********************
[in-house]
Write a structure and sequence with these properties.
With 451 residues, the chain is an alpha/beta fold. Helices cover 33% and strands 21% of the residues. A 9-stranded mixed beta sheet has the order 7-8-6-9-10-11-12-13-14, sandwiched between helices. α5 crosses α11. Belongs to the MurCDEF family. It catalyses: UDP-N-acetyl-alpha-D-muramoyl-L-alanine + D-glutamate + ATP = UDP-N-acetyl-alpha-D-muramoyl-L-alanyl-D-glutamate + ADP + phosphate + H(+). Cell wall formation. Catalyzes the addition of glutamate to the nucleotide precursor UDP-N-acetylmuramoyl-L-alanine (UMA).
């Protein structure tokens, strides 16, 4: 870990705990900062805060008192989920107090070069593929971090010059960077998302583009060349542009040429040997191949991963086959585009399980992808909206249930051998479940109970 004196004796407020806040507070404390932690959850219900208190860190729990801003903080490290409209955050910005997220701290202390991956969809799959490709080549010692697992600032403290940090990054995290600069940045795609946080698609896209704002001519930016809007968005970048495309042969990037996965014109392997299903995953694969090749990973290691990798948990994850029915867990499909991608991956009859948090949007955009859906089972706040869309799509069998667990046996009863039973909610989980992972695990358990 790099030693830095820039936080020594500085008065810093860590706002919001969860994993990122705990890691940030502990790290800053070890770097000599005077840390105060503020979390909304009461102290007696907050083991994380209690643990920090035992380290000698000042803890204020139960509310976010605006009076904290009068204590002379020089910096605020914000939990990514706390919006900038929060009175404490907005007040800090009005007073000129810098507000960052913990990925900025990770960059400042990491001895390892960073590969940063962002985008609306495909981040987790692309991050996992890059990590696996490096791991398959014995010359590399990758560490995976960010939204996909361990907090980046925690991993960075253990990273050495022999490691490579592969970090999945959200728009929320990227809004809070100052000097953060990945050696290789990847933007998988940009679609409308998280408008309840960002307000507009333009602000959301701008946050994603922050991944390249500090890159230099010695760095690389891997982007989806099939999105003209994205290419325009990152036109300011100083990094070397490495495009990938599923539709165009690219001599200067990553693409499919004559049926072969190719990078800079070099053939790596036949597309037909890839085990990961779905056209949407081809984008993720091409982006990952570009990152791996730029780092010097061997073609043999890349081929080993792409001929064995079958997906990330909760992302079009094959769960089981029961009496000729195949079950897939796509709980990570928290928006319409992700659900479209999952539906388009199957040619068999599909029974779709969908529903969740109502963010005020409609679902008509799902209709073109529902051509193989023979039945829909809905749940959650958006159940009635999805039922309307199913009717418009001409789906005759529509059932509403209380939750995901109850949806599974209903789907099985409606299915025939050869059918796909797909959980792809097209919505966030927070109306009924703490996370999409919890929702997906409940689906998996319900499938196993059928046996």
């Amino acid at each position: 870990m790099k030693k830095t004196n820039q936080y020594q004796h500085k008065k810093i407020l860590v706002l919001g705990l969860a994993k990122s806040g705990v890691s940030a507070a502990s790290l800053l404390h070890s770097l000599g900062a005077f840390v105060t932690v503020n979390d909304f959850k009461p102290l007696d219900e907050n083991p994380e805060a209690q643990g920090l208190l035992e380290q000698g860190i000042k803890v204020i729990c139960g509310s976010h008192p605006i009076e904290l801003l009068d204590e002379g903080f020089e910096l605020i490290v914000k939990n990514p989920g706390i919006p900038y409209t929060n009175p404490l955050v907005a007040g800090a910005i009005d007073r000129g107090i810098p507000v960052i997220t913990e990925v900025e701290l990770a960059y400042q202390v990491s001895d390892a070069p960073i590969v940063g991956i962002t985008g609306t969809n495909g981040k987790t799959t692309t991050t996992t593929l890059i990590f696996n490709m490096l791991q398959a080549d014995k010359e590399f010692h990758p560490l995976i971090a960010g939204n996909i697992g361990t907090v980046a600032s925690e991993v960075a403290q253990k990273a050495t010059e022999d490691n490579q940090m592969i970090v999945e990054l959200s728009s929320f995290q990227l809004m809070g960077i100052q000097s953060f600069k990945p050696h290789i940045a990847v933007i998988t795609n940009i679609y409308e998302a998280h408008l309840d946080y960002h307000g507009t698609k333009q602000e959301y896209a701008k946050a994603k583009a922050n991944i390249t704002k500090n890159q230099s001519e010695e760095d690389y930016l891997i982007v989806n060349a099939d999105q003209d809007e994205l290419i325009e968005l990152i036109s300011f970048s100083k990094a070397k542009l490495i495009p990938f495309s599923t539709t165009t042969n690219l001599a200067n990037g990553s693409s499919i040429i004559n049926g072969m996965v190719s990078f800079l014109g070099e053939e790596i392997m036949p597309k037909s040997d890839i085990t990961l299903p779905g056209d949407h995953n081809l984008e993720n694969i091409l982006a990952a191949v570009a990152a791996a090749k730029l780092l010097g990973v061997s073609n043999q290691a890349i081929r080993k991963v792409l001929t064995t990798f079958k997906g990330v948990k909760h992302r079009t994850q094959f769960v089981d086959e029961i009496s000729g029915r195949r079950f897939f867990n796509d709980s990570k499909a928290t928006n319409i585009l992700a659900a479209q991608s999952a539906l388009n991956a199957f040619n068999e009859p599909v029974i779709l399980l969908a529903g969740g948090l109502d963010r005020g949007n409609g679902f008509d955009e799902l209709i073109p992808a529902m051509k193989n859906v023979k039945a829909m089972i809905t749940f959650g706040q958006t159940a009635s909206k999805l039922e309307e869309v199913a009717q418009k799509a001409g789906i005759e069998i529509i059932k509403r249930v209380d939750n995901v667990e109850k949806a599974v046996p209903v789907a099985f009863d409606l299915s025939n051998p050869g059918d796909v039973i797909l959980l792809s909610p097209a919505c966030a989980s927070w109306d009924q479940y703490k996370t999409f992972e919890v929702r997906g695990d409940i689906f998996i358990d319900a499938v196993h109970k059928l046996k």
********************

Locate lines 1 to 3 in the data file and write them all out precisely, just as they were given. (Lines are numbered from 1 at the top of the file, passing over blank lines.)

[in-house]
Write a structure and sequence with these properties.
With 451 residues, the chain is an alpha/beta fold. Helices cover 33% and strands 21% of the residues. A 9-stranded mixed beta sheet has the order 7-8-6-9-10-11-12-13-14, sandwiched between helices. α5 crosses α11. Belongs to the MurCDEF family. It catalyses: UDP-N-acetyl-alpha-D-muramoyl-L-alanine + D-glutamate + ATP = UDP-N-acetyl-alpha-D-muramoyl-L-alanyl-D-glutamate + ADP + phosphate + H(+). Cell wall formation. Catalyzes the addition of glutamate to the nucleotide precursor UDP-N-acetylmuramoyl-L-alanine (UMA).